With Barcelona‘s glory days rapidly becoming a fading memory, presidential hopeful Victor Font believes luring former midfield Xavi Hernandez back to the club could spark another golden age for the Catalans.
Xavi, one of the architects of Barca’s decade-long rule of world football, is the coach of Qatari side Al Sadd but has agreed to play a leading role back with Barca if Font wins the club’s election on Jan. 24.
While Font expects to see Xavi, 40, in the Barca dugout at some point, he is equally enthusiastic about the long term role he can play.
“We decided some years ago the best person to help us build our organisation is Xavi,” Font told Reuters in an interview.
“Ideally we can have Xavi as a general manager for many years like Alex Ferguson was at Manchester United. But if he needs to play a different role, he can be flexible. Few people have the leadership qualities he has.”
Ferguson is the most successful manager in British football, having won 49 trophies during his 39-year managerial career, including 38 with Manchester United.
Font is also determined that Xavi will stay at Barca for many years and does not export his expertise to rival European clubs.
“I have told Xavi we cannot afford to have another case like Pep Guardiola,” Font said.
“Pep coached the first team very successfully for a few years then he moved on and went to the competition [Bayern Munich and then Manchester City]. We need to have Xavi in the club for the next 10 years.”
Font’s plan for Xavi to oversee the club’s progress does not mean his arrival would be an imminent threat to current coach Ronald Koeman.
“That’s a decision the sporting directors will have to make, but we’re thankful to Ronald for taking on this challenge at a difficult time. We’re happy to see him making bold decisions and empowering the young players who have potential,” he said.
“Xavi has a very long term perspective. He’s only 40, he was telling me the other day his professional career as a coach has many years ahead of him. So there will be no tension or conflict.”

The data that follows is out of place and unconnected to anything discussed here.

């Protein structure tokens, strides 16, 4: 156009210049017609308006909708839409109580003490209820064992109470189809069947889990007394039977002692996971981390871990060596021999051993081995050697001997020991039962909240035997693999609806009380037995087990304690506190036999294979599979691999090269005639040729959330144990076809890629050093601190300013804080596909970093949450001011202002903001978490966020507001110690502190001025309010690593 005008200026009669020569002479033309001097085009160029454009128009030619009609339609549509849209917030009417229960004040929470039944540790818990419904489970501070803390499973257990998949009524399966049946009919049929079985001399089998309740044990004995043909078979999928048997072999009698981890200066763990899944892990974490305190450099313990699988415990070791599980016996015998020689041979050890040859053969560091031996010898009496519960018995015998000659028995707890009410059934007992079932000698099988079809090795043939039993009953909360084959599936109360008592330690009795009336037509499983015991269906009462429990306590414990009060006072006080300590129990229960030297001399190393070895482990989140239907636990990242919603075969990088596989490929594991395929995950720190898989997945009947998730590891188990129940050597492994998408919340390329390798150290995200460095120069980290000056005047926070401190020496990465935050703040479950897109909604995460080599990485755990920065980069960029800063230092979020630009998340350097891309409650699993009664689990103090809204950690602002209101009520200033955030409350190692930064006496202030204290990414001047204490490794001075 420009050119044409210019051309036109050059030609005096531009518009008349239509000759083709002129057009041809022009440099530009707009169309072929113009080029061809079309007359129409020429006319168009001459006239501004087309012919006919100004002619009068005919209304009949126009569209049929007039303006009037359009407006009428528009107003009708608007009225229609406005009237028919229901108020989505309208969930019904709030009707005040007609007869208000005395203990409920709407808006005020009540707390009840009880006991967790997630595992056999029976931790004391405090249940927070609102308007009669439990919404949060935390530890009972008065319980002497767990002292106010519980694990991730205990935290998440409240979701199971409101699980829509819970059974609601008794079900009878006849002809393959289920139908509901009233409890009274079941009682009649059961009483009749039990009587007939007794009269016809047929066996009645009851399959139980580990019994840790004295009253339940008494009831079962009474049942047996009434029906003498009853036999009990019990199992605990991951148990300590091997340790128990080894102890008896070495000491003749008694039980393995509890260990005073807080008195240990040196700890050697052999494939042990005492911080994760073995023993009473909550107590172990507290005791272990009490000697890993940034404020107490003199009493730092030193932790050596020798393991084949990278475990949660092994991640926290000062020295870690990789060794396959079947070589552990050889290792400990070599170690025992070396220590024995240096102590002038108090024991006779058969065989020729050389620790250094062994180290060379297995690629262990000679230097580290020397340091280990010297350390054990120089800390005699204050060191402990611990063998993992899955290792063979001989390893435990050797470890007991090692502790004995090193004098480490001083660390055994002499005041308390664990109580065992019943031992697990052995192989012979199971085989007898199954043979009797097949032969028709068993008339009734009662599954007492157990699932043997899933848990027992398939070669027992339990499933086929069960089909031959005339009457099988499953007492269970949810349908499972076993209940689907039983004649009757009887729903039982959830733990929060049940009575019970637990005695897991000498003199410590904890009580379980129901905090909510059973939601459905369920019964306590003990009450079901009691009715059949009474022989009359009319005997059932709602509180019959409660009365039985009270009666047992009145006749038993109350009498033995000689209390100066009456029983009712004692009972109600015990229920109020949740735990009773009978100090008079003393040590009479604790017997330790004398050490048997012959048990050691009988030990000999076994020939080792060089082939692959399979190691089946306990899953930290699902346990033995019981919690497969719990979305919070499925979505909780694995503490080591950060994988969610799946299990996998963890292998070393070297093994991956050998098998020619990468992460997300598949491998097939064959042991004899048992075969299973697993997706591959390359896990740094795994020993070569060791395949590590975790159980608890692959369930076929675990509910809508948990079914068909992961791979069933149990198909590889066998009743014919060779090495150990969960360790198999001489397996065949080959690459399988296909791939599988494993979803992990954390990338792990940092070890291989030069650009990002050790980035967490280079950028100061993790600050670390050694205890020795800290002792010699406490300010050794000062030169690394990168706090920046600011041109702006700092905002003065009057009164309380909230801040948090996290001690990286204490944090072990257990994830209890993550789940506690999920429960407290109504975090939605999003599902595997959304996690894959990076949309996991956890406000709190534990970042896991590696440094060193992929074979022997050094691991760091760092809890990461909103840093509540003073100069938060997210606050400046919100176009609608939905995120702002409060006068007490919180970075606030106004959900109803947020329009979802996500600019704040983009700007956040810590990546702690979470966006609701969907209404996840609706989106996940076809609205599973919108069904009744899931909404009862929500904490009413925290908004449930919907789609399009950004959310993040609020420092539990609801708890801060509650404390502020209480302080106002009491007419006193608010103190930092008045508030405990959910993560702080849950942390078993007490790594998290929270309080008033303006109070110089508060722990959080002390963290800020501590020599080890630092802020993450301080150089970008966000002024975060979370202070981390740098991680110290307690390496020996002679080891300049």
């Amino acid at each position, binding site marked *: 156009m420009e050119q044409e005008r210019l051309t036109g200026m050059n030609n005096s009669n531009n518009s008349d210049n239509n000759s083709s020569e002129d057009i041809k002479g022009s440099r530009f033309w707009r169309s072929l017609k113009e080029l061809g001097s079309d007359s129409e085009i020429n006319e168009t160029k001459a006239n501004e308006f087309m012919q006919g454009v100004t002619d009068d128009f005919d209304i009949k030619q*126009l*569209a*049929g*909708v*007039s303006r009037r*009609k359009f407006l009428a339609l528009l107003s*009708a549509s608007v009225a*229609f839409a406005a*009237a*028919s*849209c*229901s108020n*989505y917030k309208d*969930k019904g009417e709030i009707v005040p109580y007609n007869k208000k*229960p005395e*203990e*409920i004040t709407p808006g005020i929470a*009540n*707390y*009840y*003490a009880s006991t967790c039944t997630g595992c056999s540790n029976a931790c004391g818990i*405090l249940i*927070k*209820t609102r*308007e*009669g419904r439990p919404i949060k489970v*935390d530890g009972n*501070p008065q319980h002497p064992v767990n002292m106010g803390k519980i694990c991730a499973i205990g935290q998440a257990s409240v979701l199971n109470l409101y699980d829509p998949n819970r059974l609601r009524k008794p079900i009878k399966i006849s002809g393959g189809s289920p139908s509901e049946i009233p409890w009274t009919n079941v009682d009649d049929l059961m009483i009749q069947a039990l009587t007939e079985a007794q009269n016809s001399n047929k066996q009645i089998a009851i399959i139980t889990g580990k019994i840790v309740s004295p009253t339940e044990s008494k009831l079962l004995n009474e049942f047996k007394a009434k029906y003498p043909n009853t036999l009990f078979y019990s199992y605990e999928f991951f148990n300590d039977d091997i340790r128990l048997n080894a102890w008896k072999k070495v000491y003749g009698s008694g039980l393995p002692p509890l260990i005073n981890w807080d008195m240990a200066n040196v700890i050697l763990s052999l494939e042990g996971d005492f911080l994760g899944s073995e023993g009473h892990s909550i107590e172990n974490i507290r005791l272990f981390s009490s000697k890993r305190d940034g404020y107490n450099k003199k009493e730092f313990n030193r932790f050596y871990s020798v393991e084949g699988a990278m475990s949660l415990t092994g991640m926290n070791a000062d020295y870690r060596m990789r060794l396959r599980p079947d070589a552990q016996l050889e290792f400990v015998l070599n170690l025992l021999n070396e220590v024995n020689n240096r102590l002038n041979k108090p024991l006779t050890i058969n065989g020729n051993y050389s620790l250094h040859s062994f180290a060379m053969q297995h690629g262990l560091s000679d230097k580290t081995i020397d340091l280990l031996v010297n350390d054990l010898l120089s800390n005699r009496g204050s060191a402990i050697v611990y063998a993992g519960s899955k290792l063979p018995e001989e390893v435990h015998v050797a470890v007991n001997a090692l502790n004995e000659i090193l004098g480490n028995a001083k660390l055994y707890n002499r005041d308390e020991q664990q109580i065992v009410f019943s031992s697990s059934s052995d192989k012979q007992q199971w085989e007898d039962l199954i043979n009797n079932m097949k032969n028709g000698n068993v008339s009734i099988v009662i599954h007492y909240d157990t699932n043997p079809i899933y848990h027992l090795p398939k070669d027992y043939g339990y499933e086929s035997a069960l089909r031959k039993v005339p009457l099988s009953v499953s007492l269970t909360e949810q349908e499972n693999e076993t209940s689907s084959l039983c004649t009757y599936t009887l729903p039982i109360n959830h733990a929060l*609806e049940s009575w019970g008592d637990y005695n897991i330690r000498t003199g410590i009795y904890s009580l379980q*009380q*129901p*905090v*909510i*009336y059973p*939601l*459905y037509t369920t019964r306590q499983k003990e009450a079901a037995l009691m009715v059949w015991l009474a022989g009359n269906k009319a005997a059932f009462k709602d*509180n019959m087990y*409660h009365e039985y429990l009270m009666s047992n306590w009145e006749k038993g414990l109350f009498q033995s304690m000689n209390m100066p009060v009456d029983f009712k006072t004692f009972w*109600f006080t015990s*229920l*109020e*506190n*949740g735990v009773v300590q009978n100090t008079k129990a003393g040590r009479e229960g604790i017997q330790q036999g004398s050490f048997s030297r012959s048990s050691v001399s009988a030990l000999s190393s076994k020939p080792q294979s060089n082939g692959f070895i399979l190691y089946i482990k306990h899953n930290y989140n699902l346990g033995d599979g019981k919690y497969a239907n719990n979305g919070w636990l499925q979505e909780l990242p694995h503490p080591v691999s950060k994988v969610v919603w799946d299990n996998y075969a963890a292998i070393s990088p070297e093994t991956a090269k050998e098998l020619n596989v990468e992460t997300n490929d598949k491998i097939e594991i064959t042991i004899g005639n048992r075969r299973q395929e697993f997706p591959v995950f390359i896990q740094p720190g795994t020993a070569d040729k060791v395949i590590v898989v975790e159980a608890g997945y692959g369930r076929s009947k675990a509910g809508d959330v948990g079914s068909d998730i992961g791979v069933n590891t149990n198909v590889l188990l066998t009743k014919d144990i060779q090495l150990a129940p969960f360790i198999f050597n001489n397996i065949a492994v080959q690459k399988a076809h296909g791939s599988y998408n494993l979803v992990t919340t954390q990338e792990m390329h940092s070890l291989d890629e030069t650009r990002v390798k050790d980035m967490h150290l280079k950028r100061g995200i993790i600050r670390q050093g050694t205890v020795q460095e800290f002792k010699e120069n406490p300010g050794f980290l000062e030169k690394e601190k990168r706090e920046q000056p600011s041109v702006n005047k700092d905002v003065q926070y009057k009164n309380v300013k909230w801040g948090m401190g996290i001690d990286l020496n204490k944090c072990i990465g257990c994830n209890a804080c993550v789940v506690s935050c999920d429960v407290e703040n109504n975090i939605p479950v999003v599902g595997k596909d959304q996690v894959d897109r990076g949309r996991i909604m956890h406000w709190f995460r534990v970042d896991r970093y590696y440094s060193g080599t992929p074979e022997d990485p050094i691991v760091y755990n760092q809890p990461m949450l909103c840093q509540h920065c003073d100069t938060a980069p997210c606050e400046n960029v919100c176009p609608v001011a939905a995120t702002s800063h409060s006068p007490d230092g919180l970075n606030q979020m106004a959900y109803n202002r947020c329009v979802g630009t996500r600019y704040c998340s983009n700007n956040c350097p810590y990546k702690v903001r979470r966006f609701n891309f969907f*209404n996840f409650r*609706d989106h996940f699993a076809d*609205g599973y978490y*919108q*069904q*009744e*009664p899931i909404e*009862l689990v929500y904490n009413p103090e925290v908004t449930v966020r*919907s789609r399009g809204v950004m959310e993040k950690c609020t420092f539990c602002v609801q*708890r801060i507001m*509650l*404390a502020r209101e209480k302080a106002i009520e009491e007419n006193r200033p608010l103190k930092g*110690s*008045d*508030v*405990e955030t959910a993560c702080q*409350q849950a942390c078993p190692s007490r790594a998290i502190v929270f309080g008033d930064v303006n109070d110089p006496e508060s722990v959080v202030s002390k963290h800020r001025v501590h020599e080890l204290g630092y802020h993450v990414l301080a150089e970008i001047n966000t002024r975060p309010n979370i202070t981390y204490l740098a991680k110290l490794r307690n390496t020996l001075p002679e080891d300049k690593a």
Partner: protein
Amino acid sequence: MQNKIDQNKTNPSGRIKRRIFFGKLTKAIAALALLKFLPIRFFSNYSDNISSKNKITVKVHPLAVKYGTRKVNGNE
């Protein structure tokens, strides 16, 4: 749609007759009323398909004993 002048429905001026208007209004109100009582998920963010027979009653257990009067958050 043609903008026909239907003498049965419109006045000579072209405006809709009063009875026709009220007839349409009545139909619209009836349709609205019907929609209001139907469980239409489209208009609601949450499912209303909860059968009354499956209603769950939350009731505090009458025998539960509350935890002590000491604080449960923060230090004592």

Xavi, who made a record 767 appearances for Barca between 1998 and 2015, came through the club’s La Masia youth academy. During his time at the club, Barcelona won a number of major competitions, including eight La Liga titles, three Copa del Reys, four Champions League trophies and two Club World Cups.
However, the once-feted academy has long ceased to be a conveyor belt for the first team.
Ansu Fati and Sergi Roberto are the only first team regulars to break through from the academy since 2015, while the likes of Hector Bellerin, Thiago Alcantara and Eric Garcia all left fearing a lack of opportunities.
Meanwhile, the club has misspent plenty of money on players who thrived at top European clubs but failed to deliver at Barca, such as the signings of Philippe Coutinho, Antoine Griezmann and Ousmane Dembele.
Font draws a direct correlation between the decline of the academy and the first team, whose decay was laid bare in last season’s humiliating 8-2 defeat by Bayern Munich in the Champions League.
“Our history shows we have been most successful when we have been consistent with the style of play Johan Cruyff instilled in the 1980s and relied on talent from the academy,” he said.
“That’s why we need to go back to those roots and have professionals leading the project who are willing to take risks and make bets on the talent coming through, rather than making expensive signings.
“Xavi, who has seen how young players can unleash their potential, is uniquely positioned to ensure we bet on young talent and convince those youngsters they’ll have enough chances to succeed if they stay at our club.
“Big sporting decisions need to be in the hands of professionals who know the most about the sport,” he added.